The effect of a compliance enhancement strategy (self-review) on the level of lens care compliance and contamination of contact lenses and lens care accessories

Alice M S Yung, Maureen V. Boost, Hie Hua Wong, Keng Hung Maurice Yap

Research output: Journal article publicationReview articleAcademic researchpeer-review

55 Citations (Scopus)


Purpose: The aims were to determine the level of compliance of contact lens wearers, to identify which procedures have highest levels of non-compliance and to study the effectiveness of a compliance enhancement strategy on the level of compliance. Methods: The level of compliance for each subject was evaluated with a self-administered questionnaire together with microbiological examination of their contact lenses, lens cases and lens care solutions. The effect of an intervention to improve the level of compliance was determined by a controlled trial. A regular self-review exercise on proper lens handling was given to the test group once every three months for 12 months. The levels of compliance and contamination of contact lenses and lens care accessories between test and control groups were compared at the end of the 12-month period to evaluate the effect of the intervention. Results: Sixty-five subjects who were experienced contact lens wearers were recruited and 60 completed the study. All showed some degree of non-compliance in the care of their contact lenses and lens accessories. Most (about 60 per cent) were non-compliant with at least six of a total of 15 lens care procedures. The most common non-compliant behaviour among contact lens wearers was associated with the care of the lens case. By the end of the study period, our compliance enhancement strategy did not appear to have had a significant effect on the behaviour of our subjects, except for improvement in the care of lens cases. Compliance for other procedures improved in both test and control groups. Conclusion: All subjects showed some degree of non-compliance and the spectrum of non-compliance was wide. The poorest levels of compliance were associated with care of the lens case, which was also the most frequently contaminated item. Our compliance enhancement strategy showed a significant difference in improvement in compliance between the intervention and control groups only in the care of lens cases.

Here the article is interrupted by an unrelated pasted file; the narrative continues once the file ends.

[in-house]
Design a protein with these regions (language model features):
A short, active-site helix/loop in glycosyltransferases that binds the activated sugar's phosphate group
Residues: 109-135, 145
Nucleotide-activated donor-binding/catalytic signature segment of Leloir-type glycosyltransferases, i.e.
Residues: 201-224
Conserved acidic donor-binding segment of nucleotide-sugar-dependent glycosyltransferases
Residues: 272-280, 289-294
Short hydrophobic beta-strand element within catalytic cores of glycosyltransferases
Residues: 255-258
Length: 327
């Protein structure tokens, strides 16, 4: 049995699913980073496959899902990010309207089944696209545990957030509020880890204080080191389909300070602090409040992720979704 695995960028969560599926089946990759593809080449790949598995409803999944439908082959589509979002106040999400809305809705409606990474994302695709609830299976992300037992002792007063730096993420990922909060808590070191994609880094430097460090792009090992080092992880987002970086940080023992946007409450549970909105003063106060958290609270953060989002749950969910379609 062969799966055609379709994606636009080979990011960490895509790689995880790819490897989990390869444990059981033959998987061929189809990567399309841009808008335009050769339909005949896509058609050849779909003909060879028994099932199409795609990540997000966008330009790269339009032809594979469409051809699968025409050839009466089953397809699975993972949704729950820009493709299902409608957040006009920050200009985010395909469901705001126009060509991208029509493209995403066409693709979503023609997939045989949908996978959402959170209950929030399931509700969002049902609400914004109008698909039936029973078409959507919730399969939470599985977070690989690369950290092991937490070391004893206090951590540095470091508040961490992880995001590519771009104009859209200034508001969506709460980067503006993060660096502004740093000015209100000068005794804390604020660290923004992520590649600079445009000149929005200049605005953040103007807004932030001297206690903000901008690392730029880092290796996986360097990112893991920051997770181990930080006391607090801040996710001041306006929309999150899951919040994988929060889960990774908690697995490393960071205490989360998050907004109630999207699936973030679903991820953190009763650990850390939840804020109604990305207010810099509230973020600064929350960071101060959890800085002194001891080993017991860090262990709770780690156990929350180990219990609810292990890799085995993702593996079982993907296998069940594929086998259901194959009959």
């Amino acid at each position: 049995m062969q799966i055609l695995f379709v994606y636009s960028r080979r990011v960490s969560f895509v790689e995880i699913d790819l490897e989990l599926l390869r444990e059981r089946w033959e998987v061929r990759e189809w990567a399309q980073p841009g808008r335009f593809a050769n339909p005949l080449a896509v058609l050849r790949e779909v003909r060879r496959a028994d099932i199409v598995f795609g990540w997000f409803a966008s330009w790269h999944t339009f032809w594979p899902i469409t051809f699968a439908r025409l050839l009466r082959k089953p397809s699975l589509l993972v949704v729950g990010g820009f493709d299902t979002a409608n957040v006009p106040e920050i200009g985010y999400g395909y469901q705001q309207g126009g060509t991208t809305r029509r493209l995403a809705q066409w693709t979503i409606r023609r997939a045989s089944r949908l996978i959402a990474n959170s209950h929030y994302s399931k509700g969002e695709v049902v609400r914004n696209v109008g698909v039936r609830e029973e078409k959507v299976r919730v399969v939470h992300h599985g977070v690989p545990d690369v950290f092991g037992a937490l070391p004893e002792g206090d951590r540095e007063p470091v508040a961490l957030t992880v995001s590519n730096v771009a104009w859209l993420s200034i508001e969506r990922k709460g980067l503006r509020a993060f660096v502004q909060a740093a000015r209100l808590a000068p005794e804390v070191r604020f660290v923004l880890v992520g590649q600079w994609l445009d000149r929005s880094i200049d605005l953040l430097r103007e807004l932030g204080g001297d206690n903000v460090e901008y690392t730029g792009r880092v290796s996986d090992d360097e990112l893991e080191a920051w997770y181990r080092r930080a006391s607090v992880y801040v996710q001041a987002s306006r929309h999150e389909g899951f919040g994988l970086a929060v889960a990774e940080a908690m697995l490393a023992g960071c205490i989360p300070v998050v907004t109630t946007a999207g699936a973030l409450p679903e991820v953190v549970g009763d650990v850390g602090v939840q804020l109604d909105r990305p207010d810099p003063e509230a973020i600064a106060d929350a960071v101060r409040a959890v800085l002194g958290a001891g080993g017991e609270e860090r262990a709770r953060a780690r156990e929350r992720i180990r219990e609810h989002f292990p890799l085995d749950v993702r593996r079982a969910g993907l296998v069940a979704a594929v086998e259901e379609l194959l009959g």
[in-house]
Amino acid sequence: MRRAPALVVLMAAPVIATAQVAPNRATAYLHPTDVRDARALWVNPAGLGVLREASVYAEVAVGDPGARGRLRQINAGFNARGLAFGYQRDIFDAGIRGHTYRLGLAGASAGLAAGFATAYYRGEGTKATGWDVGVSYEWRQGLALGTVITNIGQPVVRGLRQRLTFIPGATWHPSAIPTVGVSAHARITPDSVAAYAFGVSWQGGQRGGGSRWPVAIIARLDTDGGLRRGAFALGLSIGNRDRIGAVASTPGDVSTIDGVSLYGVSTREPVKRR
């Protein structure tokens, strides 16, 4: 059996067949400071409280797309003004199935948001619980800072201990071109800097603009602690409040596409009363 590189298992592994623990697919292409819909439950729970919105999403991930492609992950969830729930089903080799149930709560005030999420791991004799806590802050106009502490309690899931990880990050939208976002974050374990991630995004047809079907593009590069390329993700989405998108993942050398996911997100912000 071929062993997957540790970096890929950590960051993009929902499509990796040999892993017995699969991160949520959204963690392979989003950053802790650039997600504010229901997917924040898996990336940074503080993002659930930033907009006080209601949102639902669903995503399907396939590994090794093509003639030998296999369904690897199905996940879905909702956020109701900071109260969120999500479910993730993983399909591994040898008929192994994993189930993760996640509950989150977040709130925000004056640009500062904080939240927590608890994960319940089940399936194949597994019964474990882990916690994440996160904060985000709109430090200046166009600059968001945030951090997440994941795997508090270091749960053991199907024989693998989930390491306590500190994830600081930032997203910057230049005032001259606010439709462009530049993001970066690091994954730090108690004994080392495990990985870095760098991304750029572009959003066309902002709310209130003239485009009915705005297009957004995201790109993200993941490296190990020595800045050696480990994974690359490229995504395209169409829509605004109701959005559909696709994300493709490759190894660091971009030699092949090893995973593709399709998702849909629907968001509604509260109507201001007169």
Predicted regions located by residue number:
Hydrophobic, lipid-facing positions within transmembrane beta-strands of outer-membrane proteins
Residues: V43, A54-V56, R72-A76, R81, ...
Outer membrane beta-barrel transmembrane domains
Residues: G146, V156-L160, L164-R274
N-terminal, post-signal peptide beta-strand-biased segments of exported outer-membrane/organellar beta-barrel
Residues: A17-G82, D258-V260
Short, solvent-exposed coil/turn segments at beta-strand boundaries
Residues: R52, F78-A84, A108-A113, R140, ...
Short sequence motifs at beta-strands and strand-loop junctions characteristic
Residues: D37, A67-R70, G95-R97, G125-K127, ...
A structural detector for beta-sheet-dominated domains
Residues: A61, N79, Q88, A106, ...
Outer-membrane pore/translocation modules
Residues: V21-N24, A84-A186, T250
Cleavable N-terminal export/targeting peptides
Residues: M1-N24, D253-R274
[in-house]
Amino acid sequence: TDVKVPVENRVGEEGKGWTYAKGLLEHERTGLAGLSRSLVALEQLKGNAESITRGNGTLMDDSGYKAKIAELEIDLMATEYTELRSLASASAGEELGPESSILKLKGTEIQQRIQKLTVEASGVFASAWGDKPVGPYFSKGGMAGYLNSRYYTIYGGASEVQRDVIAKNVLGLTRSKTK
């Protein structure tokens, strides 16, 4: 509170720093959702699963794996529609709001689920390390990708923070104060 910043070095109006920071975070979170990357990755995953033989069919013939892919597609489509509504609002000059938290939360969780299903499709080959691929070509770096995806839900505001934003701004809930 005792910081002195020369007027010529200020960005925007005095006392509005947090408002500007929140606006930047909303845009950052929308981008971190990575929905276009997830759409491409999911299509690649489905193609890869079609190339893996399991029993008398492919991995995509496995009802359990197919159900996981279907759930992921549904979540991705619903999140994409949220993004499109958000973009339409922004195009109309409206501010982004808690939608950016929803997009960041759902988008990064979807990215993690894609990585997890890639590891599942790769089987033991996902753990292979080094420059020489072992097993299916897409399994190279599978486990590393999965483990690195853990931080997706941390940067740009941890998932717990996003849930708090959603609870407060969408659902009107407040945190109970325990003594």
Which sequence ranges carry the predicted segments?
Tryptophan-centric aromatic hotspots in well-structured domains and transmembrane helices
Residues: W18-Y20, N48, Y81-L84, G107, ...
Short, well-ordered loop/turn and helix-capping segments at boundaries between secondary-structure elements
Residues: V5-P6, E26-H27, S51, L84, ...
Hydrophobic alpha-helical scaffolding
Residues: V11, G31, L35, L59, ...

Original languageEnglish
Pages (from-to)190-202
Number of pages13
JournalClinical and Experimental Optometry
Issue number3
Publication statusPublished - 1 May 2007


  • Compliance
  • Contact lenses
  • Contamination
  • Enhancement strategy
  • Lens care

ASJC Scopus subject areas

  • Ophthalmology
  • Optometry

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